The Sixers didn’t do much defending last night, couldn’t hit a three pointer, and finished -14 in shot differential due to a combination of turnover and rebounding issues. They also gave a half-assed effort while playing without All-Star Ben Simmons, which resulted in T.J. McConnell logging 29 minutes. Then Brett Brown’s team compounded all of that by embarking on an 11-minute field goal drought that took them well into the fourth quarter.
So yeah, putrid performance last night, a second-straight loss after ripping off six-straight wins over the prior 11 days and building up so much goodwill in the process.
You expect these crap losses every so often, and Atlanta was a crap loss Saturday night, a buzzer-beater paired with some poor offensive possessions coming down the home stretch. I think you look at that one and can understand the motivational let down after a big win against Boston last week, but what’s the excuse for Monday night? The Sixers were on auto-pilot and got boat raced by a team fighting for their playoff lives. They looked uninterested, which is concerning when you consider that this squad still has to play five more road games this season against middling teams like the one they just played last night.
Whose job is it to motivate the players? Is it Brett Brown’s job? Is it the players’ job?
I think it’s 15% of the former and 85% of the latter. For players, you’re either a competitor or you aren’t. You either have that killer instinct in your DNA, or you don’t. Sure, the coaching staff has to do the motivational speaking and the psychotherapy and massage 15 different personalities while keeping the cogs greased and working properly, but at the end of the day it’s on Joel Embiid to stop dribbling behind his back at the three point line. It’s on Jimmy Butler to take open shots in quarters one through three. It’s on JJ Redick to figure out these ice cold shooting nights and it’s on the entire team to exert some kind of increased effort on the defensive end, because you need to go into the playoffs with momentum instead of sleepwalking into a first round matchup against the Nets or Pistons.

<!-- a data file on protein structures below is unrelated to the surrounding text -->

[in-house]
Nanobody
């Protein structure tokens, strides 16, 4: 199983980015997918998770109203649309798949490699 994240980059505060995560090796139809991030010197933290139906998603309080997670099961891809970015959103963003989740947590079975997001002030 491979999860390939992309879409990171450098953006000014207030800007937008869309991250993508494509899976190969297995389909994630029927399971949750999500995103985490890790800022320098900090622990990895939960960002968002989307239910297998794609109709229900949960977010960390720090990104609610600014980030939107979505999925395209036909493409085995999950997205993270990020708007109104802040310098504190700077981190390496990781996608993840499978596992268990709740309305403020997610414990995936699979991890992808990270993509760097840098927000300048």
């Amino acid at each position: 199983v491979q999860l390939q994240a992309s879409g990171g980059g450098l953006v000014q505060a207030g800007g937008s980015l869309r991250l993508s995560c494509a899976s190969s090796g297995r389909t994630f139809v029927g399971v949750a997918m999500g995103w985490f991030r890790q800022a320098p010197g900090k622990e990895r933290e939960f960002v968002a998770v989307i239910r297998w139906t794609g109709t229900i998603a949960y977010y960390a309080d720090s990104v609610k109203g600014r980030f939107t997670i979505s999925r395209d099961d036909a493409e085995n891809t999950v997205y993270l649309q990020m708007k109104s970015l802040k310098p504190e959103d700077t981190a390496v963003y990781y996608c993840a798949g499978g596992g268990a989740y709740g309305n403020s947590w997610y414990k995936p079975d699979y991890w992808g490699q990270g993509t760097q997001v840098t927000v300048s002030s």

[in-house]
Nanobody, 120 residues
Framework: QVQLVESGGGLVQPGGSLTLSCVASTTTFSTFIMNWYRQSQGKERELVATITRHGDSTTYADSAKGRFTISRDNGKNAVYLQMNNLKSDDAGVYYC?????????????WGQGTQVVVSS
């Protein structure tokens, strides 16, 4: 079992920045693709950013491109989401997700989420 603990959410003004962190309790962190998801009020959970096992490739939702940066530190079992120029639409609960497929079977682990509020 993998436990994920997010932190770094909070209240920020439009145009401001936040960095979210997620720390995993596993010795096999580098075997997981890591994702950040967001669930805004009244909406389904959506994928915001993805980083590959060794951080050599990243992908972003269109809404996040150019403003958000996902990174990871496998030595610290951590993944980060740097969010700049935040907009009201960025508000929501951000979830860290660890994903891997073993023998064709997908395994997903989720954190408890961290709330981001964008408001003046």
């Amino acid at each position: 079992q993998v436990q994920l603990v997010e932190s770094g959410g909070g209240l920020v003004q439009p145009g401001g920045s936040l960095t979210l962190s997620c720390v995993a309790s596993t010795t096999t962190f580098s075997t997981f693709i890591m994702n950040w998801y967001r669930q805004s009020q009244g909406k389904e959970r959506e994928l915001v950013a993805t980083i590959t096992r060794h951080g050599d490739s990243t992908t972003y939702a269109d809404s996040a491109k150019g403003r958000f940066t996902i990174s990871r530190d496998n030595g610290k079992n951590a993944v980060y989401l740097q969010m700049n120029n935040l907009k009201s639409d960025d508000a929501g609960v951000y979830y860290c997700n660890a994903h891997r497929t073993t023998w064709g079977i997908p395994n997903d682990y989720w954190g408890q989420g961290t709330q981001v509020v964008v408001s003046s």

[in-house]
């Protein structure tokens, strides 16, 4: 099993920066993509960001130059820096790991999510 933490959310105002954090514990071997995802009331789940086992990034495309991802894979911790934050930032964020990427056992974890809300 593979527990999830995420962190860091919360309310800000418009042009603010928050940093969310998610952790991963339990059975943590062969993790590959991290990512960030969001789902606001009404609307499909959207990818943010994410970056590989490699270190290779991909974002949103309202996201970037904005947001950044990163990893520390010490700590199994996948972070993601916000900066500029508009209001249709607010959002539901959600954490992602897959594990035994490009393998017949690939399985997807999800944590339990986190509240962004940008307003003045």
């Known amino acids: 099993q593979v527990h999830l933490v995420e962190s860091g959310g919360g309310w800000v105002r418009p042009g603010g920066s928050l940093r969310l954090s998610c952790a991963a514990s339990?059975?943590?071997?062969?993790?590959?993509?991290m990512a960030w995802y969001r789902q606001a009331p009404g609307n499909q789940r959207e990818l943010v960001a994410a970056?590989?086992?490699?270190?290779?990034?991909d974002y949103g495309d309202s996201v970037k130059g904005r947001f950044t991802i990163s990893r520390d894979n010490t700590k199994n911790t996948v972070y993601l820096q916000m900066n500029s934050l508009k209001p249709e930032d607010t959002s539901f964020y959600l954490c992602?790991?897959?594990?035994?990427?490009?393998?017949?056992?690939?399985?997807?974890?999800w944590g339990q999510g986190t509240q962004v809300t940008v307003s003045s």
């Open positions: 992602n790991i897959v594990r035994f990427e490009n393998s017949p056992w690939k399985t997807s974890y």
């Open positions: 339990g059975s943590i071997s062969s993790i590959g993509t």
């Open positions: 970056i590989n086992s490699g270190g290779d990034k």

And yeah, I know this team is just looking ahead to the playoffs, and I don’t see them sliding out of the three seed at all. I see a zero percent chance of that happening. I see the Sixers two games up on Indy, a team that has lost four of five and still has to play Boston twice while going to OKC next. The Celtics are stumbling to the finish line as well, so they’re pretty much cooked. I wouldn’t be too concerned about seeding.
But the Sixers should wrap this up now and create some distance. Stop pissing around in Atlanta and Orlando, exert yourselves and stop playing down to your competition. You proved that you’re capable of beating Milwaukee, Golden State, and Boston, so now it’s time to go out and do what good teams do, which is beat lesser teams on nights when you’re buried on local television and not in the national spotlight. This team needs to learn how to take care of business and rack up “professional wins.”